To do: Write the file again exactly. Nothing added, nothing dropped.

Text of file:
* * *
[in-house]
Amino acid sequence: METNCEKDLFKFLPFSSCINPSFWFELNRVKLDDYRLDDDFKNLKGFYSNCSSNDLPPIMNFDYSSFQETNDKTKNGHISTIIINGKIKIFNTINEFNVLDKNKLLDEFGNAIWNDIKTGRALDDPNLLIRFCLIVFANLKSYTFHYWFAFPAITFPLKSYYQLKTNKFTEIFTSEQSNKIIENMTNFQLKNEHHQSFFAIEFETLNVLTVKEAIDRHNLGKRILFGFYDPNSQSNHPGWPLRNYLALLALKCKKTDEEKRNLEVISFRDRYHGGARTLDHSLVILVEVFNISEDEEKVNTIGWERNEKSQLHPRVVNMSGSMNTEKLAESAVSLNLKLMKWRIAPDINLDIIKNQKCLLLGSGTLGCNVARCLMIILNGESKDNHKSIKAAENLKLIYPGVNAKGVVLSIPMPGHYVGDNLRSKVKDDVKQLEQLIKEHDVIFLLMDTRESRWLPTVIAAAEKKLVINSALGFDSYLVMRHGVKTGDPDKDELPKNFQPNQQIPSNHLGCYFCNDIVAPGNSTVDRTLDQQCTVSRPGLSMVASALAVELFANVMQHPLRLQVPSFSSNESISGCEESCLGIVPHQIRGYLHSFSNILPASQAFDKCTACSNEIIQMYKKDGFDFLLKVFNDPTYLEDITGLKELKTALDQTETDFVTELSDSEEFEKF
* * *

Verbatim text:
[in-house]
Amino acid sequence: METNCEKDLFKFLPFSSCINPSFWFELNRVKLDDYRLDDDFKNLKGFYSNCSSNDLPPIMNFDYSSFQETNDKTKNGHISTIIINGKIKIFNTINEFNVLDKNKLLDEFGNAIWNDIKTGRALDDPNLLIRFCLIVFANLKSYTFHYWFAFPAITFPLKSYYQLKTNKFTEIFTSEQSNKIIENMTNFQLKNEHHQSFFAIEFETLNVLTVKEAIDRHNLGKRILFGFYDPNSQSNHPGWPLRNYLALLALKCKKTDEEKRNLEVISFRDRYHGGARTLDHSLVILVEVFNISEDEEKVNTIGWERNEKSQLHPRVVNMSGSMNTEKLAESAVSLNLKLMKWRIAPDINLDIIKNQKCLLLGSGTLGCNVARCLMIILNGESKDNHKSIKAAENLKLIYPGVNAKGVVLSIPMPGHYVGDNLRSKVKDDVKQLEQLIKEHDVIFLLMDTRESRWLPTVIAAAEKKLVINSALGFDSYLVMRHGVKTGDPDKDELPKNFQPNQQIPSNHLGCYFCNDIVAPGNSTVDRTLDQQCTVSRPGLSMVASALAVELFANVMQHPLRLQVPSFSSNESISGCEESCLGIVPHQIRGYLHSFSNILPASQAFDKCTACSNEIIQMYKKDGFDFLLKVFNDPTYLEDITGLKELKTALDQTETDFVTELSDSEEFEKF